Florian Mueller, who is doing yeoman’s work for media by poring over meat and minutiae in the legal salvos between Oracle and Google over Android, has dug up some new meat from the latest filing in the patent infringement case.
That is that Google has signaled a willingness (or resignation) to pay Oracle some cash for its use of Java technology, whose patents Oracle owns through the acquisition of Sun Microsystems. This is a departure from Google’s earlier posturing that it shouldn’t pay.
Mueller alighted on this sentence from Google in its filing:
“Such a narrowed case will also eliminate the need for those efforts specifically directed at the claims rejected through reexamination, including motion practice, expert reports, and other trial preparation, as well as make it more likely that the parties could reach an informal resolution of the matter.“
That’s so much legal mumbo jumbo to non-lawyers like myself, but Mueller said the part about the “informal resolution of the matter” means that:
“Google is prepared to settle with Oracle and make one or more payments in that event, but apparently the parties’ positions are too far apart at this stage because Oracle is too confident of its ability to command a high royalty rate (presumably a high per-unit royalty).“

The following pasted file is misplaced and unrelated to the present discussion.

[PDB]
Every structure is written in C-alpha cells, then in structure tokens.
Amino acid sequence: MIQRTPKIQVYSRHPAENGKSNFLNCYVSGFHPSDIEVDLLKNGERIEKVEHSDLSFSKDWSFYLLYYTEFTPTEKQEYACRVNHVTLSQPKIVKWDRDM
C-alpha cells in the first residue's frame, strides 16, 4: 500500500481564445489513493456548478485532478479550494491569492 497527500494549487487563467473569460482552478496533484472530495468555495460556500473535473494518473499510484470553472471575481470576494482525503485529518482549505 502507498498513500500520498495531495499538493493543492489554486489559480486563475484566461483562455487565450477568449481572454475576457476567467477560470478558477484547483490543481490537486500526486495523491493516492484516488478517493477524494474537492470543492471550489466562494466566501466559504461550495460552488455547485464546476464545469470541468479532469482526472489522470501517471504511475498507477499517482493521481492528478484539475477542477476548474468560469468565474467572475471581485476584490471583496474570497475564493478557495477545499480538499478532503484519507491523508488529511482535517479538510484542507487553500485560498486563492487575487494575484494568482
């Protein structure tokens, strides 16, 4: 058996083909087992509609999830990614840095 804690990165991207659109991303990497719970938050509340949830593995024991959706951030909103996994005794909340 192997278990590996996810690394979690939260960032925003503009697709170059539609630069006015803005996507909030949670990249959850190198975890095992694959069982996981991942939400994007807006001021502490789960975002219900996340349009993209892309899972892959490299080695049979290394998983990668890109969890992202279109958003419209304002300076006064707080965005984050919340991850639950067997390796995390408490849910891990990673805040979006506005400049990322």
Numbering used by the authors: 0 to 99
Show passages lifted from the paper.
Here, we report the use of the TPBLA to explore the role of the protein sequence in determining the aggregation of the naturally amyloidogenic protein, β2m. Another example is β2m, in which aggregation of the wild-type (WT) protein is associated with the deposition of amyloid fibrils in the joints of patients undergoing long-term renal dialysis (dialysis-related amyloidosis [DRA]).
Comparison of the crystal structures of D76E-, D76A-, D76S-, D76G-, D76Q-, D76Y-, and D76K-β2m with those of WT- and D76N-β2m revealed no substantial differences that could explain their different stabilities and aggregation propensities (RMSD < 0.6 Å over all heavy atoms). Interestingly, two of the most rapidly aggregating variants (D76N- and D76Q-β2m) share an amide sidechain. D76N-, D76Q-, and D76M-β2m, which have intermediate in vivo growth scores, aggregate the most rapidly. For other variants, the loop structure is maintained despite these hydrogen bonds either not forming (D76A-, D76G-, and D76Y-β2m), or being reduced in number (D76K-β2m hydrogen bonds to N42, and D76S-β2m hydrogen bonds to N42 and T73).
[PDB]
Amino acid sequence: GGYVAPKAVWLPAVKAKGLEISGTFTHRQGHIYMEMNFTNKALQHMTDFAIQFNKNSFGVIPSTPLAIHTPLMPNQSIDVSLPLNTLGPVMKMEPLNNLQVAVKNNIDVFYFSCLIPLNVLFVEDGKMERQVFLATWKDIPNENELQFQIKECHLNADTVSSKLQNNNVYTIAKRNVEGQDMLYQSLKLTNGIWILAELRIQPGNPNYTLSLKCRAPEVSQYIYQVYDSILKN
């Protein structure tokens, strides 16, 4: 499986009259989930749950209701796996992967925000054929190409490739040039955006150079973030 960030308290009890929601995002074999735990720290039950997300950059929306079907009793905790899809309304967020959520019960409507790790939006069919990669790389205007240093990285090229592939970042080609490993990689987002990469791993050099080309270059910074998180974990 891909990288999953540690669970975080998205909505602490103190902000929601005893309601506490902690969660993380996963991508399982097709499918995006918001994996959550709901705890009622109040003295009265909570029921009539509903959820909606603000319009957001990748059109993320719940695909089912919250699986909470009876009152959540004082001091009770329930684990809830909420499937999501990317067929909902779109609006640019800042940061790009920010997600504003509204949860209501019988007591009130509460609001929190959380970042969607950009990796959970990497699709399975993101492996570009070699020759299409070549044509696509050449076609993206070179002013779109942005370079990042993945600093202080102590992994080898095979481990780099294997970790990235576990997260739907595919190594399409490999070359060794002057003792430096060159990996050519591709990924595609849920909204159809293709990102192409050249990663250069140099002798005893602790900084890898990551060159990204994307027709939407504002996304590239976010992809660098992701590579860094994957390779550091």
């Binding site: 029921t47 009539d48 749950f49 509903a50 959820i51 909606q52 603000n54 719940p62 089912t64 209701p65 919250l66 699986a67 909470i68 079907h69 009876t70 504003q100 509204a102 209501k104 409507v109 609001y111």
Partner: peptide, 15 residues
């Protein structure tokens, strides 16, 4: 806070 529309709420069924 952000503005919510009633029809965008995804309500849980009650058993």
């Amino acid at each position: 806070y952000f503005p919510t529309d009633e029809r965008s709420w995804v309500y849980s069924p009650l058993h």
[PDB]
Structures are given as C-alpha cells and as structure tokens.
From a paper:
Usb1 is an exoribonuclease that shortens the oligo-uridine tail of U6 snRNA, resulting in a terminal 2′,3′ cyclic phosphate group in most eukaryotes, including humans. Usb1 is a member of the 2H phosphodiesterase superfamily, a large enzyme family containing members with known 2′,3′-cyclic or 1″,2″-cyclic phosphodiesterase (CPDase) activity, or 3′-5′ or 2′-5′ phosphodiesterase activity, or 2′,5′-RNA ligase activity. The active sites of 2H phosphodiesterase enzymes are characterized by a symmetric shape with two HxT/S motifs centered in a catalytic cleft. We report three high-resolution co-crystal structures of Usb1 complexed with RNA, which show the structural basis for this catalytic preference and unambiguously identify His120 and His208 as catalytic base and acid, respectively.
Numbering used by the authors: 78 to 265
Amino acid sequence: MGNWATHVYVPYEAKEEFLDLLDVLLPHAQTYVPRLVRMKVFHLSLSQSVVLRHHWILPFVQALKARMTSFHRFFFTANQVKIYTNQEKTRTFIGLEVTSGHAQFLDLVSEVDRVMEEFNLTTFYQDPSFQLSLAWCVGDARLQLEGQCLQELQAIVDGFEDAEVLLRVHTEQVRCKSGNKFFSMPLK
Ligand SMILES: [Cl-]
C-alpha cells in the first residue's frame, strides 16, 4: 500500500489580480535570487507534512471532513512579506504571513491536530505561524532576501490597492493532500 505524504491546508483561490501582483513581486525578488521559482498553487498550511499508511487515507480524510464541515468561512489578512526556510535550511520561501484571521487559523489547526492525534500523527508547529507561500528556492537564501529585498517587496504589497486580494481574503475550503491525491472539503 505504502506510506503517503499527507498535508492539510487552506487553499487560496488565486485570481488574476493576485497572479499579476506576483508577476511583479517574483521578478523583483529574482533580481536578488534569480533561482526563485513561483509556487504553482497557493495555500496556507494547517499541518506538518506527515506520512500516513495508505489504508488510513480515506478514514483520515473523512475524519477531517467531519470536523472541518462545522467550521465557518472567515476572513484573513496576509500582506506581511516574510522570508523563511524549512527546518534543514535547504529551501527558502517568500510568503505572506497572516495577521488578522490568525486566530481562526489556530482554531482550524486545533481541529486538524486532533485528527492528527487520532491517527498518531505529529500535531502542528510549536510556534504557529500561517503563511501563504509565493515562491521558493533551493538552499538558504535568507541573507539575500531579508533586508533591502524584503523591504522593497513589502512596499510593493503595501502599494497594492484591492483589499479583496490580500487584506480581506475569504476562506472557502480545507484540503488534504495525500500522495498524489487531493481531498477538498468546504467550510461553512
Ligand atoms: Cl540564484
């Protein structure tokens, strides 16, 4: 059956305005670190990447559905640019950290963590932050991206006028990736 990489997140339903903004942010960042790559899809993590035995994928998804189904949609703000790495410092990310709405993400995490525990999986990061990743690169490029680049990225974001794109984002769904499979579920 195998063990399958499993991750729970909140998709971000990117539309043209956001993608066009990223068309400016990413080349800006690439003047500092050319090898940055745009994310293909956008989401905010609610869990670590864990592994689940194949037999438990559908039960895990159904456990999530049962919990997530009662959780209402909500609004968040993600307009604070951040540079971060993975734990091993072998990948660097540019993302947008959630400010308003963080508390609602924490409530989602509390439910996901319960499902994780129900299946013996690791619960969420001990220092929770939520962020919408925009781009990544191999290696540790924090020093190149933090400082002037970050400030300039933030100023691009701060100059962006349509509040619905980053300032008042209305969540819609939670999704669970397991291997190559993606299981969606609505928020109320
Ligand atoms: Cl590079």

Mueller added that this is an indication Google “isn’t so sure of its defenses anymore.” Eek.
I realize a lot has to happen between now and the trial that is three months away. Few legal eagles expect the judge to execute a stay in the case, so I’m going to assume Oracle will win and win billions of dollars in damages and possibly licensing fees. The questions then include:
Will it be enjoined from provisioning Android? If it avoids an injunction and agrees to license the Java technology, how much will it pay Oracle per year? Will it be cost-prohibitive? Will Android OEMs have to pay a per device license fee? Will OEMs turn to Windows because of this? My God, there are a lot of unknowns.
I ask these questions both as a journalist and as an Android phone/tablet owner, and then I come to other questions: What will it mean, if anything, for the products I already own? Will Google have to charge for certain products to sustain Android?
These are important questions, whose answers are far from assured at this juncture.
And that’s just the software side. HTC lost a considerable point in its patent infringement case versus Apple as the International Trade Commission said HTC infringed on two of the 10 patents Apple had filed in March 2010.
If ITC were to claim HTC infringed on either patent, HTC’s products would be banned from coming into the United States. That would not only choke off HTC’s Android supply here, but set a dangerous precedent for Samsung, Motorola and others.
And seeing as how Samsung, Motorola and HTC sell the lion’s share of Android phones in the United States and around the world, that means the platform is in trouble.